Fitness Myths That Need To Be Debunked
We’ve heard some absolute crackers of fitness myths, some of them are more plausible than others - but ridding the world of these fitness myths is a duty that we feel that we need to fulfill. So many of us believe these myths - but here’s the real issue - it’s not our fault!
With magazines, mainstream media, fitness blogs and Instagram influencers all promoting bogus information to sell, promote or provide supplements to the masses - it can be difficult to find fact from fiction. But which are true and which are false?
To save you a little bit of embarrassment next time you’re flaunting fitness on the bus, in the gym or at work - we’ve created a list of fitness myths that need to be debunked:
The best way to lose fat is by doing cardio
You may have heard that you have to run, jog or row our way to a smaller waistline - but that simply is not true. With cardio, calories are burned yes, but this amount is often equal to, or more surprisingly, less than the number burned during weight training.
But that’s not the main issue with the myth - the problem is that training in itself is not the best way to lose fat. If you’re wanting to cut down the shirt size or slip into a smaller dress - your best bet is to look at your diet first. You simply cannot outtrain a poor diet and looking at the energy balance (your calories in vs calories out) is the simplest and best way to shred the fat and knock down the pounds.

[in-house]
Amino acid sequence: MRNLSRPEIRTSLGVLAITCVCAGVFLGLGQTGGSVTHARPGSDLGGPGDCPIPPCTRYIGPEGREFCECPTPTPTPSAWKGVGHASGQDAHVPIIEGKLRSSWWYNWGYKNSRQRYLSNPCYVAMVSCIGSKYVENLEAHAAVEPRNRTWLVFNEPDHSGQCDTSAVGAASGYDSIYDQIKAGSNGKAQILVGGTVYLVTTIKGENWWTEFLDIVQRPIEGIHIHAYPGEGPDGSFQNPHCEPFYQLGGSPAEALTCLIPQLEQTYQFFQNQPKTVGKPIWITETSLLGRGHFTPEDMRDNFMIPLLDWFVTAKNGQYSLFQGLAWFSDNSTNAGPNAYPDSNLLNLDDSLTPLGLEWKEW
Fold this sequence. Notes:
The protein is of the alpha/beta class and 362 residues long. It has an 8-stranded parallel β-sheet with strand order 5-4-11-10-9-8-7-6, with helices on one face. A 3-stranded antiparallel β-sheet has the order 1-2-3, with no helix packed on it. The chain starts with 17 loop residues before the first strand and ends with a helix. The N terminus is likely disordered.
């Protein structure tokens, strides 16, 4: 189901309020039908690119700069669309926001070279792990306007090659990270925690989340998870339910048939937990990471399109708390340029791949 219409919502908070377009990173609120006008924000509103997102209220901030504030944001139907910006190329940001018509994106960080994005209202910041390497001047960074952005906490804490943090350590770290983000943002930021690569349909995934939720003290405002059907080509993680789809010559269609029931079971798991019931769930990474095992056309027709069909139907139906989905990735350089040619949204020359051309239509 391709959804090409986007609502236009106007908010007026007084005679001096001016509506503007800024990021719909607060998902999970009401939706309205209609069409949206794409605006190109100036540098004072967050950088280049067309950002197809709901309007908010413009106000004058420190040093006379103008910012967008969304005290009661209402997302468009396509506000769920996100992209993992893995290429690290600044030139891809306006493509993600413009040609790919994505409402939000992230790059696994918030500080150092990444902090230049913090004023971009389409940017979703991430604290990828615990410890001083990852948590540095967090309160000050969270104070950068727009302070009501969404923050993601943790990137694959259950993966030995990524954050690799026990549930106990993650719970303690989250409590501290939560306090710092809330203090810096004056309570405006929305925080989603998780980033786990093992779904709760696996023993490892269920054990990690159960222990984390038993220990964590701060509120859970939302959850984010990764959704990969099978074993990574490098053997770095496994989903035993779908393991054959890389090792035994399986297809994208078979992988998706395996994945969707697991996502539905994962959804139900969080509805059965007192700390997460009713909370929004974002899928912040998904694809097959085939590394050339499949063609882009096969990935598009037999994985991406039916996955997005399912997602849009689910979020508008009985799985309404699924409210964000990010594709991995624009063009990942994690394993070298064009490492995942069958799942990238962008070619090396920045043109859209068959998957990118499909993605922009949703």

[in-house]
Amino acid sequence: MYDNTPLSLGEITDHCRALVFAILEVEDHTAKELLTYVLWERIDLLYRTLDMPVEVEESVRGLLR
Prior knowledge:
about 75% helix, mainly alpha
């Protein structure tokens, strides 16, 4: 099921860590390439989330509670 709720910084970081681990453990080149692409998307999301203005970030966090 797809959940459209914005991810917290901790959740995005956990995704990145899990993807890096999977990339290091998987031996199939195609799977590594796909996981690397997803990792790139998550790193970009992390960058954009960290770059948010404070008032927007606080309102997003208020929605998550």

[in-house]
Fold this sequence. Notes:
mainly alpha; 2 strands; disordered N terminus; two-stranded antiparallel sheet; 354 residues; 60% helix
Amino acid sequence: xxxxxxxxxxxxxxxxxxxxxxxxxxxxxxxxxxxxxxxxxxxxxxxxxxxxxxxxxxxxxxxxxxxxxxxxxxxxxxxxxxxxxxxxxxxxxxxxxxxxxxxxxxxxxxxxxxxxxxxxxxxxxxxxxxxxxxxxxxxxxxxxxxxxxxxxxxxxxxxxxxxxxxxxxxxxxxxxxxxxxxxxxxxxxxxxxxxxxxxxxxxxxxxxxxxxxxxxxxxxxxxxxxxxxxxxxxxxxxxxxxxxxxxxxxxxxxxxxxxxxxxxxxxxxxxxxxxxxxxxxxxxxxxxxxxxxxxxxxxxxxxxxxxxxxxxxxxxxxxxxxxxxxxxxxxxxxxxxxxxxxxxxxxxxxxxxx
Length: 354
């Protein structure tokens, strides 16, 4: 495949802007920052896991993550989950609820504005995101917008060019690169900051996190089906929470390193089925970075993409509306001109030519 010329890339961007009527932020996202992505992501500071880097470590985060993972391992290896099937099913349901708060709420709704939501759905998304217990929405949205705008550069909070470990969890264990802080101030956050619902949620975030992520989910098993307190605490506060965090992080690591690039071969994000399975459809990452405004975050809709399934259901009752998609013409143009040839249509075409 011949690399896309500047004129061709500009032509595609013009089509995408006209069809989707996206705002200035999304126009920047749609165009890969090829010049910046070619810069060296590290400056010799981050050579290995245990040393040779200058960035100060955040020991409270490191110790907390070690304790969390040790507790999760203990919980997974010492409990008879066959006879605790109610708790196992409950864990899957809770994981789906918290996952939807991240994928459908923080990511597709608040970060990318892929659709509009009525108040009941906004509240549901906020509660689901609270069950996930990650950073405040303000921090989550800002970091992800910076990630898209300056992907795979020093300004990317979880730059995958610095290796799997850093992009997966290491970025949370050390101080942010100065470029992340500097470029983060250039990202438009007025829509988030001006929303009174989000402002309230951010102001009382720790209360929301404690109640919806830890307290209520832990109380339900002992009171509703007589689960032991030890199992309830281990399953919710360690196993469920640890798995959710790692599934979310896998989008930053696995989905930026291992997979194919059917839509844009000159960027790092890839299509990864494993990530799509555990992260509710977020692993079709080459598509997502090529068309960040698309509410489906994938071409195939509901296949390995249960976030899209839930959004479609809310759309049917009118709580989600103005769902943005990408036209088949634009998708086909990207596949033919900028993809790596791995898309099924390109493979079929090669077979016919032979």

Muscle soreness is caused by lactic acid
That feel of soreness the day after the gym is something that you’ve probably been told is a lactic acid build up - and you’d have been lied to.Delayed onset muscle soreness (or DOMS) is a feeling of sore muscles the day after working out that we’ve all felt - but has nothing to do with lactic acid.
The uncomfortable feeling is actually a result of tiny micro-tears in the muscle from using is high stress and intense physical activity. Lactate isn’t a metabolic pain source, but rather a fuel source used by the heart, brain, muscles and kidneys.
You can target where to lose fat from
As much as we want to forgive this fitness myth, we simply cannot. Targeting area where we want to lose fat simply will not work. Some of us hold fat in the stomach, some of us in the chest, some of us in the legs. The problem is that these fat ‘hotspots’ are often areas we want to reduce - but it’s impossible to target these areas.
If you’re trying to crunch your way to lose belly fat, you’re wasting your time - losing body fat in general is the best way to make sure that these hotspots decrease - but targeting leg fat by doing squats simply won’t have an effect.
No pain, no gain
Despite this saying being a great motivator (and a pretty great film with Dwayne Johnson and Mark Wahlberg) it should be taken with a pinch of salt. No pain is actually what we prefer and if you feel any sort of stabbing, ripping, popping, tearing or anything else of extreme discomfort - that’s your body’s way of telling you to pack it in.
Pain that comes from effort and muscle exhaustion is what we’re looking for - not the kind that leaves you with physical permanent damage. If you’re tired at the end of the workout, feel like there’s a lot of blood running through the muscles and they feel exhausted - this is good. Let’s call it no effort, no gain instead.
You should always stretch before working out
Static stretching before working out has been proven to be less than ideal when it comes to all forms of exercising. So stop with the calves stretching and tricep statics! If you’re wanting to warm up, the idea is to get the body warm, increasing the elasticity of the muscles and getting everything ticking over.
Rather than static stretching, the replacement of dynamic stretching and light forms of cardio to get the heart pumping is what we want instead. Limbering up, greasing the joints and slowly easing into maximum programmed effort for the day is key to ensure a lack of injury.
You shouldn’t workout every day